Skip to content

Money illusion on the right

The soon to be former Governor of Alaska made some strident comments about macroeconomic policy in a recent Sean Hannity Fox News interview. She claimed that fiscal policy was not taught as part of any course in the college curriculum. Here’s a quote from the interview:

“When you consider that the federal government is about $11 trillion in debt, and we’re borrowing more to spend more … it defies any sensible economic policy any of us ever learned through college…It defies economy practices and principles that tell ya ‘you gotta quit digging that hole when you are in that financial hole.'”

Of course, any beer sodden undergraduate could tell you that Keynesian economics, the science behind the ‘fiscal stimulus’, is indeed taught on most public and private college campuses these days. It’s bundled into a course called ‘principles of macroeconomics.’ You’ll usually find it as a core requirement or elective in a business major or a stand-alone economics program. Some dissident schools teach Keynesianism as heterodox thinking (e.g., Hillsdale College, Grove City College), but nobody imagines that the highly influential school of economic thought doesn’t exist.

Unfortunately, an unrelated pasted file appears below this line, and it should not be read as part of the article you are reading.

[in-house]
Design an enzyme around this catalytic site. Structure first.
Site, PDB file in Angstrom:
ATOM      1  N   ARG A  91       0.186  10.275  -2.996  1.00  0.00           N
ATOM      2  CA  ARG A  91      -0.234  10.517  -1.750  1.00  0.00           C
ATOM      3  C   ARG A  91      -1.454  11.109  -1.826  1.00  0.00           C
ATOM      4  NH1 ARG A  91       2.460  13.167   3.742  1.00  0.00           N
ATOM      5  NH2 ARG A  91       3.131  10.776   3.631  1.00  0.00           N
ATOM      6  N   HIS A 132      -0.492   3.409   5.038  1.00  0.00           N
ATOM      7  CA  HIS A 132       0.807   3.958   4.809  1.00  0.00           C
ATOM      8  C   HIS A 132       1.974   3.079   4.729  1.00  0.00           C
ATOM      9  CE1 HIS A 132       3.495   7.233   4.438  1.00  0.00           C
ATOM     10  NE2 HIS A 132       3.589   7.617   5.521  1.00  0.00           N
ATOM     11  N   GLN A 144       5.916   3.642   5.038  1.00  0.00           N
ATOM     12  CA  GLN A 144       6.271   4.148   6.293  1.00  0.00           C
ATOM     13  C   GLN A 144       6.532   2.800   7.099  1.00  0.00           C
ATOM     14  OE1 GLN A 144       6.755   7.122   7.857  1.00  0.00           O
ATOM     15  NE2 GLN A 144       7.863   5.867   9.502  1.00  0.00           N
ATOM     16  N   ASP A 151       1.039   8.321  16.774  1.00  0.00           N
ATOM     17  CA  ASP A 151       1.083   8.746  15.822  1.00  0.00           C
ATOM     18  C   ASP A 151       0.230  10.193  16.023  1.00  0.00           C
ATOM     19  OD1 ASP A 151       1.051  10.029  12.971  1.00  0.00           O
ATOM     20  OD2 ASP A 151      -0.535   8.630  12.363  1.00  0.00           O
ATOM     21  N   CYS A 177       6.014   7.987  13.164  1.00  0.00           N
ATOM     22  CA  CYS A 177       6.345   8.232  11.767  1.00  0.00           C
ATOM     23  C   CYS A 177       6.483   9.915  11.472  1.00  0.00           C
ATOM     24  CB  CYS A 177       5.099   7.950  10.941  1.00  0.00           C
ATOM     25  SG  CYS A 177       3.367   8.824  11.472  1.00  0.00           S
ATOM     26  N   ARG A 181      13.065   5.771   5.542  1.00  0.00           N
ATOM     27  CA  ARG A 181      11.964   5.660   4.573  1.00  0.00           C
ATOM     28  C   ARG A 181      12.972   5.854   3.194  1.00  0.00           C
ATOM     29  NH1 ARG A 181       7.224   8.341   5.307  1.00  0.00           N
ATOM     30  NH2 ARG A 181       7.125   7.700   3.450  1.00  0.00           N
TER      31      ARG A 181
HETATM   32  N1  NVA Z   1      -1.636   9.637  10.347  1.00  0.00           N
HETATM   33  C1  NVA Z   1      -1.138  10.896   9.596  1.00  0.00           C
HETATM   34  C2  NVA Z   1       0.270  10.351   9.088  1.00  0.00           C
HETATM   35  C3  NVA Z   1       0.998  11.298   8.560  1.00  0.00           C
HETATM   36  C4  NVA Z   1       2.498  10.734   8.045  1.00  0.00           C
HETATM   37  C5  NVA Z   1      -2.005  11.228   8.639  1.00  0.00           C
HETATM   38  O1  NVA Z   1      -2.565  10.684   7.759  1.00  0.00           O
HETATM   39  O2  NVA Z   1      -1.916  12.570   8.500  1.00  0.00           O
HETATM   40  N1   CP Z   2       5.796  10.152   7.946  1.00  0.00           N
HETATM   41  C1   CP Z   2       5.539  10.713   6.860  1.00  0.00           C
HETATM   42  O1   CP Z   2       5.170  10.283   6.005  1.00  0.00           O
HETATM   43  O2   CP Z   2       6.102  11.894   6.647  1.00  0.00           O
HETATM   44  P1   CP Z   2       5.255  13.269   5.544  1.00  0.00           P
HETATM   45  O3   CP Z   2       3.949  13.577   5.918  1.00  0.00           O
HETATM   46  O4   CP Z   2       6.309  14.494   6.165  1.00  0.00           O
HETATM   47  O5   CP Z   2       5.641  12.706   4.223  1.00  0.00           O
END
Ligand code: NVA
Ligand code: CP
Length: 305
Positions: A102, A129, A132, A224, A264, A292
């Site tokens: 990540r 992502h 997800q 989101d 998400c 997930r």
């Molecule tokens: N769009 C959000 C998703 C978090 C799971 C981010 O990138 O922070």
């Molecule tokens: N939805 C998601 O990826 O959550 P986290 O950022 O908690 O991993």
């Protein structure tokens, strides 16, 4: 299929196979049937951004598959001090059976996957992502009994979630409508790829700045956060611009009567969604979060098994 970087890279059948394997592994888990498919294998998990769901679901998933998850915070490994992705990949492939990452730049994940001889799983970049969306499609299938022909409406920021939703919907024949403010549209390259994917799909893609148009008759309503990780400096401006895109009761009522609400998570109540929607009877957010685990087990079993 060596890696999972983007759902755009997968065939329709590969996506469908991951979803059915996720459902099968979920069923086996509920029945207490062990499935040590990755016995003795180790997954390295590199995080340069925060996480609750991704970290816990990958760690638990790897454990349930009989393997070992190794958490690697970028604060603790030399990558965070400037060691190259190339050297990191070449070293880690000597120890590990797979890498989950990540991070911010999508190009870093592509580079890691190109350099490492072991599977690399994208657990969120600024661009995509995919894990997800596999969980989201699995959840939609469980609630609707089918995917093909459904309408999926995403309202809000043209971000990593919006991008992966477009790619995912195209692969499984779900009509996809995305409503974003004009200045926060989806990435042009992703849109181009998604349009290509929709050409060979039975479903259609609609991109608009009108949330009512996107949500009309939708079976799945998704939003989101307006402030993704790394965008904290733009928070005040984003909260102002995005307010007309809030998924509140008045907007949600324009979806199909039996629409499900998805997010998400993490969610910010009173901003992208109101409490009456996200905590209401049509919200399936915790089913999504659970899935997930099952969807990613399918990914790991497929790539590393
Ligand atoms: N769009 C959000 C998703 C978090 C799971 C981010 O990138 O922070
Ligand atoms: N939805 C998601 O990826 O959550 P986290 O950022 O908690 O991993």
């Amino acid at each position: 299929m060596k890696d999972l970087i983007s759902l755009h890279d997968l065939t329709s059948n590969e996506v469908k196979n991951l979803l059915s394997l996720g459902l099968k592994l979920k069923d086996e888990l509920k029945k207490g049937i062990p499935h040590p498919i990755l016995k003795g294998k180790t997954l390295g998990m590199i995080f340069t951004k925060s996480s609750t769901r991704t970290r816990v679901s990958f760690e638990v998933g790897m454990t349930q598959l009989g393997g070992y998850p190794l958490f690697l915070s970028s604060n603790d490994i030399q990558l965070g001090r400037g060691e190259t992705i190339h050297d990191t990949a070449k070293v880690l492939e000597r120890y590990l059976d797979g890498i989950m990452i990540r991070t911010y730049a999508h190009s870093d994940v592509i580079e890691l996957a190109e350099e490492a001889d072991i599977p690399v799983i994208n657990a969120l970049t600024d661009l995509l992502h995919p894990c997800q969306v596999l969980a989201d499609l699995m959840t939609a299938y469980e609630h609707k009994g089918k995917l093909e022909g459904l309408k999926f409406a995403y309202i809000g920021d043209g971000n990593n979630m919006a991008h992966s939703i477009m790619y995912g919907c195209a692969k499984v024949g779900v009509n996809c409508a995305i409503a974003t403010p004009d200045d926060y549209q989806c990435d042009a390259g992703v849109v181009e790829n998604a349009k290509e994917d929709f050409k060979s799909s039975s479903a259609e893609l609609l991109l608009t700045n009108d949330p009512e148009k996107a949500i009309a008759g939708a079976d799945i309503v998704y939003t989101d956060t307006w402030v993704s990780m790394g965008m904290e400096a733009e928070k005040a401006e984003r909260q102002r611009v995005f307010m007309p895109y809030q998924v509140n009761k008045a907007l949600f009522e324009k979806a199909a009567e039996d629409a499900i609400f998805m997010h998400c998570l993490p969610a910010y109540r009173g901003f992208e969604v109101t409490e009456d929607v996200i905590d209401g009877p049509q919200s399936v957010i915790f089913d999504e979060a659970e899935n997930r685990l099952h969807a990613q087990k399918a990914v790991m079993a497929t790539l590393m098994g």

Math is hard.

Math is hard.

So, could the explanation for Governor Palin’s comments be that the colleges she attended never offered this course? According to the newsmedia, she attended three community colleges and a four year university over a five year period: Hawaii Pacific College, North Idaho College, Matanuska-Susitna College, and University of Idaho. A quick check of the first step in her academic odyssey, Hawaii Pacific College, shows that they are teaching 12 sections of the course in Fall 2009. So, it is probably reasonable to assume that they were offering the course way back in the late ‘80s too.

Did Palin ever sit through a macro principles course? Hard to say without those college transcripts, but it seems doubtful. Too much math.

Posted in Economics. Tagged with , , .

0 Responses

Stay in touch with the conversation, subscribe to the RSS feed for comments on this post.

Some HTML is OK


(required, but never shared)

or, reply to this post via trackback.